Alvi’s declaration of her fractured identity and an unfulfilled desire to grow up in her own country are voiced in many of her nostalgic poem for instance following lines from a poem titled Hindi Urdu Bol Chaal :
In Lahore there grows a language tree
its roots branching to an earlier time
its fruit ripe, ready to fall.
I hear the rustling of mango groves
my living and dead relatives
quarrelling together and I search
for a nugget of sound, the kernel
of language. I am enlarged
by what I cannot hear—
the village conferences, the crackling
of bonfires and the rap of gunfire.
Reda. A Shehata in her essay Moniza Alvi and Representations of the Body states Alvi’s dilemma of being insider and outsider at the same time in both countries:
Although Alvi never felt like an outsider in Britain because of her parents’ mixed background, she still shows concern with what home is and remains somewhat uncertain about her identity. Because of her link to one community with which her ‘associational identification’ is based on a lived experience, and her link to another, the experience of which is accessed at the beginning through imagination, the parents’ cultural practices, or, later, through actual visits, Alvi displays a diasporic consciousness.
Kamila Shamsie in an interview takes an optimistic instance on the future of young authors and says:
But through the ’80s, in Pakistan people would say, you know, you are from Pakistan, you want to write in English, no one’s going to be interested, it will never happen. No one can say that now to a young Pakistani who wants to be a writer. They look around, they see there are a number of us now who are being read, who are writing, who are doing well, and I think that’s really creating a sense that writing is viable, it’s something that can be done.
Pakistani writers of English literature are themselves aware of the impediments of writing in a language that is not exactly foreign to them but also is not their own. They explicitly illustrate their concern in their work of fiction and poetry. Rather than demanding endorsement from the colonial masters and foreign authorities to reward their talents, we need to embrace them.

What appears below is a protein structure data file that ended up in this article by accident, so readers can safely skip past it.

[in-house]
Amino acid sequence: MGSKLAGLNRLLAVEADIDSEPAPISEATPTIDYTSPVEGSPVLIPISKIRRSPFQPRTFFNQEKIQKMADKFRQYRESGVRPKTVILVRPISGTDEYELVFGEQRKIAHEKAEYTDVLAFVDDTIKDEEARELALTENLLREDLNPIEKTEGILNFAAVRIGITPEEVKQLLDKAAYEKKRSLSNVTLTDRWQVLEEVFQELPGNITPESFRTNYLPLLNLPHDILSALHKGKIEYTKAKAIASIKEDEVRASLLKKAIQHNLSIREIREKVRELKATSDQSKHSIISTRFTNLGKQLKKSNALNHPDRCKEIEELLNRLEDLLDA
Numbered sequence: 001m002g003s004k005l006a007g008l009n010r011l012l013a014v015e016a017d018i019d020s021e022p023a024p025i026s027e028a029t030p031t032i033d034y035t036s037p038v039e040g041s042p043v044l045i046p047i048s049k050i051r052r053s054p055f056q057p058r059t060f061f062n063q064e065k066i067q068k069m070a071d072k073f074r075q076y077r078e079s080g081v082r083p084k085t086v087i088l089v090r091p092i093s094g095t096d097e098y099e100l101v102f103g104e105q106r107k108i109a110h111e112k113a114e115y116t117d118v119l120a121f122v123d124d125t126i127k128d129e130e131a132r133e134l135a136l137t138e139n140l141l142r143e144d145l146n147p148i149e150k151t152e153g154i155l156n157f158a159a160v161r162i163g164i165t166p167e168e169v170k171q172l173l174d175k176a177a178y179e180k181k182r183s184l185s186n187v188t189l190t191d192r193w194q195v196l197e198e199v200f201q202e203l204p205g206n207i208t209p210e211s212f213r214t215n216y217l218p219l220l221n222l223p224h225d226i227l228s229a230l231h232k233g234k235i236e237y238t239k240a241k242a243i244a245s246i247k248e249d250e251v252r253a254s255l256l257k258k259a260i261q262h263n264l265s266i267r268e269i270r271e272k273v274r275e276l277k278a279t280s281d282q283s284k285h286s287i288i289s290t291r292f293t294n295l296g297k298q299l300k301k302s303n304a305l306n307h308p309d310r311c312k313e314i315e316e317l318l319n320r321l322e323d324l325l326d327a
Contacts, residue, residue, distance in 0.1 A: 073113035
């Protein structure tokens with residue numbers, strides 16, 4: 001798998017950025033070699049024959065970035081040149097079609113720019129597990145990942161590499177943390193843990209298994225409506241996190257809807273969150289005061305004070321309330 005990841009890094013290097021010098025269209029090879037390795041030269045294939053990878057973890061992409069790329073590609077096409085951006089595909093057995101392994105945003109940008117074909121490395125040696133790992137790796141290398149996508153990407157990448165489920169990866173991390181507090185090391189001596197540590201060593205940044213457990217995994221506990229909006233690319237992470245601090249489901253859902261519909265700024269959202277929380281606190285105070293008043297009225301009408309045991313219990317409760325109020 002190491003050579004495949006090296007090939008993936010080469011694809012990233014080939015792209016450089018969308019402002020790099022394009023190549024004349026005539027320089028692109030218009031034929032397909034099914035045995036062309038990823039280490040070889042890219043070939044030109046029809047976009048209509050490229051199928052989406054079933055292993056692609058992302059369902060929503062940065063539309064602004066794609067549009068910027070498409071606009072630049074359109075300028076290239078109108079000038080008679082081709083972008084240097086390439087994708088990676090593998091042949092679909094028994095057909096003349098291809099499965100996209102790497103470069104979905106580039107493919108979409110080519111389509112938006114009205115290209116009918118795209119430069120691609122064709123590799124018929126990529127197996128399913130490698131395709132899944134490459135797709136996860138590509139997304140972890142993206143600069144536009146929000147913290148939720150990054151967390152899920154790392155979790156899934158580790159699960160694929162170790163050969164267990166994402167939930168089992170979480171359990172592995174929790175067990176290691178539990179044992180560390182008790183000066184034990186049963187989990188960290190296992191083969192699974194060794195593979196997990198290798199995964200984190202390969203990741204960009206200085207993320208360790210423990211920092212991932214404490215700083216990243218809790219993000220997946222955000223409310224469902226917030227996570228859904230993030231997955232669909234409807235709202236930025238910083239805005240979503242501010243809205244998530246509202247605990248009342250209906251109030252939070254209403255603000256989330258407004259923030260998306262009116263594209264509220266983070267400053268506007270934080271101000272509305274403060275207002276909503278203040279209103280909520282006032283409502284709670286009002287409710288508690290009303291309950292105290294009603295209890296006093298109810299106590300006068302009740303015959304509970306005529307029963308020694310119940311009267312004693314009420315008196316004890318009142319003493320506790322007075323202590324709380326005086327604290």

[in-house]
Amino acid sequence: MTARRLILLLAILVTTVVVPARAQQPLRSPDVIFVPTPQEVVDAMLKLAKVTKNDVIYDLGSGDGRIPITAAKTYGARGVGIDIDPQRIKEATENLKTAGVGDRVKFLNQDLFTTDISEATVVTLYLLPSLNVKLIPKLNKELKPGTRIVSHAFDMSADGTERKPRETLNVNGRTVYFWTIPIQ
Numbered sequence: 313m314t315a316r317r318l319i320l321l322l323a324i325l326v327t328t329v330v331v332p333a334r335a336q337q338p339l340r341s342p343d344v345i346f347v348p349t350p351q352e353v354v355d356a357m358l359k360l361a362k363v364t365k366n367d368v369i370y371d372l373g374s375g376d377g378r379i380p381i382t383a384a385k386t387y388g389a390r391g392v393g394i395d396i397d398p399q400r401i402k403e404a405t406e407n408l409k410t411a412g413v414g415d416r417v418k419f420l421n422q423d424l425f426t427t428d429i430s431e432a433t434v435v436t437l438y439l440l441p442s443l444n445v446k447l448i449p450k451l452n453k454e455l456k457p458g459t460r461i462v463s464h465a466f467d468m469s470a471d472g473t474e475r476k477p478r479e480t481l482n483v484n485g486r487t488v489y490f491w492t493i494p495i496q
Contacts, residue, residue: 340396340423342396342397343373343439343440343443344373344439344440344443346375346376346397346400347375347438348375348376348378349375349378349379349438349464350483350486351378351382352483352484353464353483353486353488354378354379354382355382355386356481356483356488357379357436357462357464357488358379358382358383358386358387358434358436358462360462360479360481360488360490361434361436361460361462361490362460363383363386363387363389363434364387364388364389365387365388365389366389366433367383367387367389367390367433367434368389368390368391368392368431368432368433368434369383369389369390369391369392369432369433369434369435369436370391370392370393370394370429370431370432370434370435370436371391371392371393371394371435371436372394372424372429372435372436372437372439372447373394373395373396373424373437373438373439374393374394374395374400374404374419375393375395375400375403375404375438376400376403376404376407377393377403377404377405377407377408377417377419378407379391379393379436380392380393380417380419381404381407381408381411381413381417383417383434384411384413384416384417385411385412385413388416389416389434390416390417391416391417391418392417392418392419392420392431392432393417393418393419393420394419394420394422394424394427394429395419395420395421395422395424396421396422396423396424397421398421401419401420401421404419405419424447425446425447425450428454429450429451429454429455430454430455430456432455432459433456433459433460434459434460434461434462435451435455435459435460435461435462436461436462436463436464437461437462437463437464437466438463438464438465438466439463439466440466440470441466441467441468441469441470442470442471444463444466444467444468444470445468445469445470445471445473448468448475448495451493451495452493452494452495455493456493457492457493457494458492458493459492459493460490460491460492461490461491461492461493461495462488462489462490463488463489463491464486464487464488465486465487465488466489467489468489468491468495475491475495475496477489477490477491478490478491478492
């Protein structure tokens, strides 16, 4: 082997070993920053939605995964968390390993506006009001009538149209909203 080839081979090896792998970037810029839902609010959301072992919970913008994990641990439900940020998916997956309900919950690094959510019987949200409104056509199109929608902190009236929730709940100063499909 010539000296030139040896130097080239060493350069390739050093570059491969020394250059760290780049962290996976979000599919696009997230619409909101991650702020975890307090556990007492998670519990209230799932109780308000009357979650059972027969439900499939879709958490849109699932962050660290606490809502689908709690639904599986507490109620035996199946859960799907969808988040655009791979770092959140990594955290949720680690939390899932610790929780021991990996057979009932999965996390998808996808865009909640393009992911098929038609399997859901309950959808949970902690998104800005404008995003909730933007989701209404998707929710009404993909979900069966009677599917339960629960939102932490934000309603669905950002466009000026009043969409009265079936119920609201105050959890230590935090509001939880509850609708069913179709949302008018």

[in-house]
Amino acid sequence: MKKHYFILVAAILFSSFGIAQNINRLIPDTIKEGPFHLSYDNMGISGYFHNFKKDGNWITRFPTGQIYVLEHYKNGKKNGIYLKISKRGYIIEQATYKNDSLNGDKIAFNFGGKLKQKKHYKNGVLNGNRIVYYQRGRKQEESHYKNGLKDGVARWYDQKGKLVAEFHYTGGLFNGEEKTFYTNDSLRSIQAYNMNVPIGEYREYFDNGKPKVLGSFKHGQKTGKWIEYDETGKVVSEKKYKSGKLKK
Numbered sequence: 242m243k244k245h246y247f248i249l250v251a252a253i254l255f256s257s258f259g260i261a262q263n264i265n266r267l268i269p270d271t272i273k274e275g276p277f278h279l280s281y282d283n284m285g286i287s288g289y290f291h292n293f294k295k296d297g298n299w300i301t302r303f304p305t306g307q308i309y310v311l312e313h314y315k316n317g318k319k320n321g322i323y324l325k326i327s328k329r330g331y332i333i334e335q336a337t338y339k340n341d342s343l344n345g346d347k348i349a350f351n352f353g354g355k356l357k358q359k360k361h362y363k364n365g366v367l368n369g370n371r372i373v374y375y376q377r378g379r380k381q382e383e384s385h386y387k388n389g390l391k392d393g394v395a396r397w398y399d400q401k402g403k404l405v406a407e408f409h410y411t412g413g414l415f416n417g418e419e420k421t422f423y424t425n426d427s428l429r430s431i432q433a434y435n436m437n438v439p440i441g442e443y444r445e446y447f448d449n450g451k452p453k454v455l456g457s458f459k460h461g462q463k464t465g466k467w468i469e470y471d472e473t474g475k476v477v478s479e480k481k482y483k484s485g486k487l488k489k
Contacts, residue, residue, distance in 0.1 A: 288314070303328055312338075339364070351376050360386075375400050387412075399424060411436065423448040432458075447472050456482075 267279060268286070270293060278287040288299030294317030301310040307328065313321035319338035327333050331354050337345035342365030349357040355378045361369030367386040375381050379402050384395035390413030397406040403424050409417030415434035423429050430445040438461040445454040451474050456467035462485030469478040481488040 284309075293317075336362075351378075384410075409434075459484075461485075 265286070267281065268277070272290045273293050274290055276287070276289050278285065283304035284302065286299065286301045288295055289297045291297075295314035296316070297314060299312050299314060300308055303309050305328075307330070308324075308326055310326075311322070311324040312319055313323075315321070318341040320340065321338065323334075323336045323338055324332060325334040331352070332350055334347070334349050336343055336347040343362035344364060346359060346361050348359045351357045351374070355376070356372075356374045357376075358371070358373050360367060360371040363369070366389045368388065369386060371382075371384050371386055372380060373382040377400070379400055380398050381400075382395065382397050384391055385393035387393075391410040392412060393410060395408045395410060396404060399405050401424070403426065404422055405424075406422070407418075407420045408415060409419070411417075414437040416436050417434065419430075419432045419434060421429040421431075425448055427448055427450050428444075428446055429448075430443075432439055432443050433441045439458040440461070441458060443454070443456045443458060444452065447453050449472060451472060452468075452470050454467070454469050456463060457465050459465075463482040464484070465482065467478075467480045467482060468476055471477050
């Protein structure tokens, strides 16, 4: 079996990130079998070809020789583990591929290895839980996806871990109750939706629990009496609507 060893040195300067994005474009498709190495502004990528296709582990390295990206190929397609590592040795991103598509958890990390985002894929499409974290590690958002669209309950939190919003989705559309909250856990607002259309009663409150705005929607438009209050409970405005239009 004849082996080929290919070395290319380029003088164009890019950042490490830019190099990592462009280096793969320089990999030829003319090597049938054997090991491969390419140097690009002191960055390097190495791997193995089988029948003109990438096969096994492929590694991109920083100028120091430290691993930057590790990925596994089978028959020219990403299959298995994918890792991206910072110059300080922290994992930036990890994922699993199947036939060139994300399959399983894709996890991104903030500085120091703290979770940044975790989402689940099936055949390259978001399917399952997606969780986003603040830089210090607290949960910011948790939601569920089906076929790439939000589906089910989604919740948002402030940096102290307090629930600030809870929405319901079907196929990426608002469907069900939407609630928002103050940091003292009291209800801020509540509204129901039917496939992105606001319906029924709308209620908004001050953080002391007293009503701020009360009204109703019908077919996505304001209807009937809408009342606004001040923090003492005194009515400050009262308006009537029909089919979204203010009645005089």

As a nation I believe the decadence that we are facing in every walk of life, is the outcome of our habit of disregarding entities labelled ‘made in Pakistan’. Lack of appreciation for our culture, art, and products has been daunting us since the beginning and will keep on bringing down our morale as a nation in the future as well. We need to demonstrate the confidence that once American’s exhibited by celebrating Walt Whitman.
As well said by the author Daniyal Mueenuddin :
‘There’s an edginess to our writing, I believe, which is distinctive.’
Rejecting all this remarkable literary opus without even reading it closely is a sign of immaturity. It is also a rejection of our own separate identity. To shed off the shackles of colonial yoke we need to appreciate our artists and authors as they are the building blocks of Pakistani culture. In the end , I request all sincere readers, that before jumping to conclusions, they need to buy some books by these amazing authors, read them with an open mind and form an informed opinion about their work.